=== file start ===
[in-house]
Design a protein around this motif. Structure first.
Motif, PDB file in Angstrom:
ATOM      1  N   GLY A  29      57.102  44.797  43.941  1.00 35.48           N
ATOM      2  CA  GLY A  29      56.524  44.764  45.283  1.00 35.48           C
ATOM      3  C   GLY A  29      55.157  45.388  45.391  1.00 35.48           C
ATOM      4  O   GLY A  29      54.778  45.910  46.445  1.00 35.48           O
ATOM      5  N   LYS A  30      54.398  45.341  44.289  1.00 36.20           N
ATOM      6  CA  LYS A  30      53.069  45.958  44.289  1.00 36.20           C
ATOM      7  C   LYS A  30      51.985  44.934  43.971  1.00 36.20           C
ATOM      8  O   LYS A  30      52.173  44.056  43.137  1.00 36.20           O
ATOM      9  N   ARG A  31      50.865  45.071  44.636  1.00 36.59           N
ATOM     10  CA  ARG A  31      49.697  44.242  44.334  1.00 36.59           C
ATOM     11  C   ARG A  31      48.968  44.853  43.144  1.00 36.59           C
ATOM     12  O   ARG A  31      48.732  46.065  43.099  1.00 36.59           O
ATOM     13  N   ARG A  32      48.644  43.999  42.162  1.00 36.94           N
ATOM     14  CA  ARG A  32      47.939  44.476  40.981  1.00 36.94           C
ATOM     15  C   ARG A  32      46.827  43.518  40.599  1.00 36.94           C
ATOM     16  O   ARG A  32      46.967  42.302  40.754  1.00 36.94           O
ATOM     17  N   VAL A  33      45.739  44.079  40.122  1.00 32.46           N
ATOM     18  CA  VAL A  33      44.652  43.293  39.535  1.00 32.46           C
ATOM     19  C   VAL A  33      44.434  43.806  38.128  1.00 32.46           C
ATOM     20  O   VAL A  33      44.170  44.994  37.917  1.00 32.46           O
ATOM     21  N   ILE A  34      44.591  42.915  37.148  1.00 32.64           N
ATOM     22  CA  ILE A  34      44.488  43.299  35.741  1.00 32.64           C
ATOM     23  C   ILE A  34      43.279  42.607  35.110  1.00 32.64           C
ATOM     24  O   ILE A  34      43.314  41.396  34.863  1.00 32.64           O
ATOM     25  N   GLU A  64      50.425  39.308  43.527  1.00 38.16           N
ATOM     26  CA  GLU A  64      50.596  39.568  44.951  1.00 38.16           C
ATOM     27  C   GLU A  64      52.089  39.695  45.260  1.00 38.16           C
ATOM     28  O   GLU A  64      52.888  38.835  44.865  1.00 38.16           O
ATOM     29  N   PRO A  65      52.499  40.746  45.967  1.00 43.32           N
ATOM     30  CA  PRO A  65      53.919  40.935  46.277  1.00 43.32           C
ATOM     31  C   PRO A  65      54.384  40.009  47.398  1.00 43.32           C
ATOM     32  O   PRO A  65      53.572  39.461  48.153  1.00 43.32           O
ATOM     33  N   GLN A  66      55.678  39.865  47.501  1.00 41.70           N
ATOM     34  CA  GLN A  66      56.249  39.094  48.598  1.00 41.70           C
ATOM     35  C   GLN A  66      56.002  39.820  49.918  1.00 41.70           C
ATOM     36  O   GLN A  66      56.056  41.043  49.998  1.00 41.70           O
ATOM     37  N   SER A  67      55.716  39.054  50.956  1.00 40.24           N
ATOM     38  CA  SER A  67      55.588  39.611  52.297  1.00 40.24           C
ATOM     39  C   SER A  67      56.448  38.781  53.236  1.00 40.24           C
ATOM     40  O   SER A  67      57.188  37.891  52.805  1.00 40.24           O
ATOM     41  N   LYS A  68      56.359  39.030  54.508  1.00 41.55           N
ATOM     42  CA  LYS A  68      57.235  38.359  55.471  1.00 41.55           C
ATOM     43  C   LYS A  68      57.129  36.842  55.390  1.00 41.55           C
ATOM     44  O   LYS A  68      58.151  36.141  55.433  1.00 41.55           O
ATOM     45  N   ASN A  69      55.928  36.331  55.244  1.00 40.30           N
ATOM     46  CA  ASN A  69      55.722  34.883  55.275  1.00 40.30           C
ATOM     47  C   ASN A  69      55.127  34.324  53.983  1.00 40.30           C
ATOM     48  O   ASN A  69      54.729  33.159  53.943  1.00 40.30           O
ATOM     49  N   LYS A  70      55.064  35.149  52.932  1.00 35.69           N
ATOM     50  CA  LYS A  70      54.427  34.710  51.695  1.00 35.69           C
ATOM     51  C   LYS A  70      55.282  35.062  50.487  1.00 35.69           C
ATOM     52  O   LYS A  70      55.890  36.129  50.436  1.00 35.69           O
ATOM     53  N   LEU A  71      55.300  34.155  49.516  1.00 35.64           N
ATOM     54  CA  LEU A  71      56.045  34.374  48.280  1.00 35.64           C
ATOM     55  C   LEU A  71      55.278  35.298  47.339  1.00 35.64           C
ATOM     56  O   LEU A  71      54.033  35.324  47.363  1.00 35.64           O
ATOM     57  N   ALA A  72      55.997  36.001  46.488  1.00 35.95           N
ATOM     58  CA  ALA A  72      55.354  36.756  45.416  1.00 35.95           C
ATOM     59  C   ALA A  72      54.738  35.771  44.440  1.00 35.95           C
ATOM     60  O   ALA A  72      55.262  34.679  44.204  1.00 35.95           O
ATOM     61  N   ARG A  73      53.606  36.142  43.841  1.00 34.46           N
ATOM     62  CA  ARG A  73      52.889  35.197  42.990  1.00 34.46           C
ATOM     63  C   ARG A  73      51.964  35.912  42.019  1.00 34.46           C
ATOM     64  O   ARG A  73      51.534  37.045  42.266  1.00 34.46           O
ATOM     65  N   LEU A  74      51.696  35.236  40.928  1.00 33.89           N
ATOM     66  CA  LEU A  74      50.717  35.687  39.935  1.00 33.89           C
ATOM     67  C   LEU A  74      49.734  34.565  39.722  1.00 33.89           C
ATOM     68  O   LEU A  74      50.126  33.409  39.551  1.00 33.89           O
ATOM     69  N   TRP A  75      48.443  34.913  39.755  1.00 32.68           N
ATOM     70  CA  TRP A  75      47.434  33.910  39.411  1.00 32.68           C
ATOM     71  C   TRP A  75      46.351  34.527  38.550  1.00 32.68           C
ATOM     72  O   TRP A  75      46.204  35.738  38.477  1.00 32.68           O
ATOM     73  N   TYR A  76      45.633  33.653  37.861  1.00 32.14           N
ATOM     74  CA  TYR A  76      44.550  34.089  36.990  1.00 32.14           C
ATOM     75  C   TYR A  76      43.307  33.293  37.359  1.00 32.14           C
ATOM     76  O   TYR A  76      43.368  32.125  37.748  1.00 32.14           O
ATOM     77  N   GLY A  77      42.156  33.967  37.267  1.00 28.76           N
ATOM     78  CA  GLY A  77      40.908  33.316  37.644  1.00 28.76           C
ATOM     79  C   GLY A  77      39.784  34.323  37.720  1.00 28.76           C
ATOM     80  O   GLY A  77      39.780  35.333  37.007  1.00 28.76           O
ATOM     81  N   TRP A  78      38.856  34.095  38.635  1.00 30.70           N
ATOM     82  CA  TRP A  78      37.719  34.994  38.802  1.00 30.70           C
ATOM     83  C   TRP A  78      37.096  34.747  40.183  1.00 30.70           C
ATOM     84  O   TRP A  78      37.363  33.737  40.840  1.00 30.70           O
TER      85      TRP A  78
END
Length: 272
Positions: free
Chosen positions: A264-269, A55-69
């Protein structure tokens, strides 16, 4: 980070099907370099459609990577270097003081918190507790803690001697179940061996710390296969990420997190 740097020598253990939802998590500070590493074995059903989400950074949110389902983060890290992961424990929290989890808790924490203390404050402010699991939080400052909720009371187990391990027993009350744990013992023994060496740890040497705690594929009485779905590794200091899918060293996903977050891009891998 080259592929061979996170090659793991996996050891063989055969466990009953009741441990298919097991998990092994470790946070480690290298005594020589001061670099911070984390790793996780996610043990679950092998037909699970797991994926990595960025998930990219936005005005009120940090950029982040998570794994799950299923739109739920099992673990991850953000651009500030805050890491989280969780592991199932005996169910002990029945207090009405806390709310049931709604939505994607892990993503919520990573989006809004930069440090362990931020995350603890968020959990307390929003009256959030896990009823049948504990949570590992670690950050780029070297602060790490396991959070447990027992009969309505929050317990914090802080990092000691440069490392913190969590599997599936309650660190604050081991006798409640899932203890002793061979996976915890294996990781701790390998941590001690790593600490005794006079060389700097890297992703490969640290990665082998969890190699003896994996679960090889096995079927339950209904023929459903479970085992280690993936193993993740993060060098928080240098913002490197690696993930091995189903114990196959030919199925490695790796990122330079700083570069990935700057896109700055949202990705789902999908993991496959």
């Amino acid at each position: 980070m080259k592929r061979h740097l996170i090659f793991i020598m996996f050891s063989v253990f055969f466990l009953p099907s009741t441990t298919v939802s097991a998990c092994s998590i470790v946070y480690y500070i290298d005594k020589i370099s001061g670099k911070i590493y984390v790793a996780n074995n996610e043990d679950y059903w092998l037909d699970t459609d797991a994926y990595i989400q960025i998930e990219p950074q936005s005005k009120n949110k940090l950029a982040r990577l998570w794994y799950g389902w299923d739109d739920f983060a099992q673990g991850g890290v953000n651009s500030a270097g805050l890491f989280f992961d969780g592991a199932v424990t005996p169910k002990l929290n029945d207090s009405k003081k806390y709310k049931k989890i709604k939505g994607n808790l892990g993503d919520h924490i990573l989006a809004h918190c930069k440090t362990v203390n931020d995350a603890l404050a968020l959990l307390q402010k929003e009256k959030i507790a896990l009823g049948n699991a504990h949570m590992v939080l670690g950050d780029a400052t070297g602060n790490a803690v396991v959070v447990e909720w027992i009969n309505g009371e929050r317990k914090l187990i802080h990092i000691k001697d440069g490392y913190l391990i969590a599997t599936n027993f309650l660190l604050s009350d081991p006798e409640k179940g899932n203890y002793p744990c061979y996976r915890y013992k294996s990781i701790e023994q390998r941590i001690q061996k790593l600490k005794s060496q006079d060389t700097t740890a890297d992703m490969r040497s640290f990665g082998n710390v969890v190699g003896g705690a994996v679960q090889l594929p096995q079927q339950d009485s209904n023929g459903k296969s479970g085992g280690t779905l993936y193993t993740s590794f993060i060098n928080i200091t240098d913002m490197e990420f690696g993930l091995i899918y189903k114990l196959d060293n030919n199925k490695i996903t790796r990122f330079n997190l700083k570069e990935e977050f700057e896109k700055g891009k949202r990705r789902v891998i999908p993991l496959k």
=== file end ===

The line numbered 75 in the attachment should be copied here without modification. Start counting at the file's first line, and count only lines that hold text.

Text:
ATOM     72  O   TRP A  75      46.204  35.738  38.477  1.00 32.68           O